Tasting Georgia: A Food and Wine Journey in the Caucasus, written by Carla Capalbo, features the beautiful cuisine of a small country nestled between the Caucasus Mountains and the Black Sea. More than just a cookbook, Carla has created a detailed travel guide with information on 40 family wineries, local restaurants and wine bars, and Georgia’s best chefs, cooks, and markets. Highlights include Megruli Khachapuri, Pkhali (Vegetables with Walnut Paste), Kubdari (Spiced Meat Bread), Elarji (Cornmeal with Cheese), Tskhare Neknebi (Spicy Ribs), and Achma (Baked Layered Pasta). I will also be sharing her recipe for Kartopilis Khinkali, Small Potato Khinkali Dumplings, from southern Georgia following the review.
Disclosure: I received a copy of this book from Interlink Books in exchange for my honest review. All comments and opinions are my own. This post contains Amazon affiliate links. If you purchase something through the link, I may receive a small commission at no extra charge to you.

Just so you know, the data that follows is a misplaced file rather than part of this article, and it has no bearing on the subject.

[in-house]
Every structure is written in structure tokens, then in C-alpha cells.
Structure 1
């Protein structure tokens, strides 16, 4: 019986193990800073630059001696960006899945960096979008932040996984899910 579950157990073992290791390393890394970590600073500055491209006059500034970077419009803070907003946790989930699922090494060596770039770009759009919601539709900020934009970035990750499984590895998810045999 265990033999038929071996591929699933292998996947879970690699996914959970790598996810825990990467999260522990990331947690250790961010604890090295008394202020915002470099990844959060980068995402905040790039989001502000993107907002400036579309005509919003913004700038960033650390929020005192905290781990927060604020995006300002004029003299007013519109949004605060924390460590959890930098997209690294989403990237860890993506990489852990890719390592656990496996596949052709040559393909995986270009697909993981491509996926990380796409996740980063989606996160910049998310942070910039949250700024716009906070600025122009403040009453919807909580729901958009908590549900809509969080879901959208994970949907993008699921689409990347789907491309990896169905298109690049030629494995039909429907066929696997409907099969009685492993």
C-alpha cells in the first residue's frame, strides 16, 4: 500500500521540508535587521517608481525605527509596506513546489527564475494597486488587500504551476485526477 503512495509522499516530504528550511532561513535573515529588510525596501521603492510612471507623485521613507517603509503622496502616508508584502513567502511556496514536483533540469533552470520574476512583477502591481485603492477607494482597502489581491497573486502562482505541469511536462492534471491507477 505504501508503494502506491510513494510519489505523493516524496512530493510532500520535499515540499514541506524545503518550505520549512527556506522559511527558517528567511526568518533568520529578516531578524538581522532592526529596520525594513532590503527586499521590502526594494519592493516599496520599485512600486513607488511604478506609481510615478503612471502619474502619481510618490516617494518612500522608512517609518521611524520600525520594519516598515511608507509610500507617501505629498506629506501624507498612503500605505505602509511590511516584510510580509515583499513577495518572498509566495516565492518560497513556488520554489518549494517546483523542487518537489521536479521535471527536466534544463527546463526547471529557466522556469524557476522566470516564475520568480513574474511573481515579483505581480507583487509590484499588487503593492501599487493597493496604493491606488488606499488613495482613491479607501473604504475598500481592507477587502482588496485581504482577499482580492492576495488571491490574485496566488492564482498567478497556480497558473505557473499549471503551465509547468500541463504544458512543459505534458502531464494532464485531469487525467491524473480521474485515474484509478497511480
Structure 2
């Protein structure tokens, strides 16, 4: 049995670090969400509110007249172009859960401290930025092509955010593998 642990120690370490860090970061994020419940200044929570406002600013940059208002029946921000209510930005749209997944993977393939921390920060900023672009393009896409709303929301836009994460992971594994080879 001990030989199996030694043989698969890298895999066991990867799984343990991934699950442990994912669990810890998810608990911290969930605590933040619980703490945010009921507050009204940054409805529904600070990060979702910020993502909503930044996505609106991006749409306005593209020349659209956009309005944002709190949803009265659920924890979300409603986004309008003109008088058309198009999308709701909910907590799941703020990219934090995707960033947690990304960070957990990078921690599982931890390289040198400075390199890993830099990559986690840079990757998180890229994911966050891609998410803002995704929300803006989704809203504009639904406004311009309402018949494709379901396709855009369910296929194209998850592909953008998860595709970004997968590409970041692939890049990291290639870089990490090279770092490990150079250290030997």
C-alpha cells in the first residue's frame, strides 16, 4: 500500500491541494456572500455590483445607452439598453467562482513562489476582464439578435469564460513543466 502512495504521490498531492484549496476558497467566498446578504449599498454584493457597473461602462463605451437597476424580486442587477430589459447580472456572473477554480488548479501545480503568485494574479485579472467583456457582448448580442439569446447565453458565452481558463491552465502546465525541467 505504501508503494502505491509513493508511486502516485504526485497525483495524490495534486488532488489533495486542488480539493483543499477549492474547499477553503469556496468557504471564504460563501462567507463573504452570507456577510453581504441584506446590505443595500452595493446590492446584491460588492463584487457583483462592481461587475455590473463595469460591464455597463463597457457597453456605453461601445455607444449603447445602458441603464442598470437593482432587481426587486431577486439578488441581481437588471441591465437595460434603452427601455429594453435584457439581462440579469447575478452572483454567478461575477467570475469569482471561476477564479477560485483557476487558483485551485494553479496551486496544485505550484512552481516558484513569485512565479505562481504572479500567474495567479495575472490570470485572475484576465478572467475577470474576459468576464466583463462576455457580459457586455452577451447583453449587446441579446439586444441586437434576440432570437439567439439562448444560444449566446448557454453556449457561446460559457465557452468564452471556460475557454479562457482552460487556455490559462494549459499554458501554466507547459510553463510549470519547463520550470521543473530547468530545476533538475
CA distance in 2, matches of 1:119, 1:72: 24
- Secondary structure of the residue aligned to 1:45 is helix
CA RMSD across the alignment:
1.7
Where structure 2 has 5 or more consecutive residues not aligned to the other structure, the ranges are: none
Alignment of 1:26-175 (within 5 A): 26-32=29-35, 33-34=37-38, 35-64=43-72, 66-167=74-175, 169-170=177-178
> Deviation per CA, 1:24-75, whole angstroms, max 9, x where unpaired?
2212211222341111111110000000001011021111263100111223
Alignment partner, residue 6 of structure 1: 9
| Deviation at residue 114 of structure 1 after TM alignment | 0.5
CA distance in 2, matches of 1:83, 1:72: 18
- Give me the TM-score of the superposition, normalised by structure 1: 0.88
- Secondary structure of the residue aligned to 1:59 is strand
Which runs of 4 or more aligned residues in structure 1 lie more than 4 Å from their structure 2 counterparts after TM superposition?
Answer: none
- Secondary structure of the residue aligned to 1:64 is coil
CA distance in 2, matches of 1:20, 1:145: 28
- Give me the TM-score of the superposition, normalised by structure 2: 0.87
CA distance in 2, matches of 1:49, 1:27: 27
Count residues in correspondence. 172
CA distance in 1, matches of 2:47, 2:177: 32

Carla Capalbo is a food and travel writer, freelance journalist, and photographer currently based in Georgia, London, and Italy. She was born in New York City and grew up between Paris and London. Her work can be found in Decanter, Zester Daily, Cook_inc, and many other publications. She is the author of fourteen other books on food and wine, many of which have received awards such as the André Simon Award for Collio: Fine Wines and Foods from Italy’s Northeast. She is also a member of the British Guild of Food Writers, the Circle of Wine Writers and Slow Food.
Chapters are divided according to region: Georgia: A Short History; An Introduction to Georgian Wine; An Introduction to Georgian Food; Religion, Song and Dance and the Georgian Feast; The Elements of Georgian Cuisine: Ingredients; How to Cook Georgian Food; Tbilisi; The Centre: Mtskheta and the Kartlis; East to Kakheti; South-West to Samtskhe-Javakheti; West to Imereti; The Black Sea Coast: Guria and Adjara; West to Samegrelo; North-West to Svaneti; West and North to Racha-Lechkhumi; and North to Kazbegi and Upper Mtskheta Mtianeti. The table of contents also includes a list of recipes under each chapter for easy reference.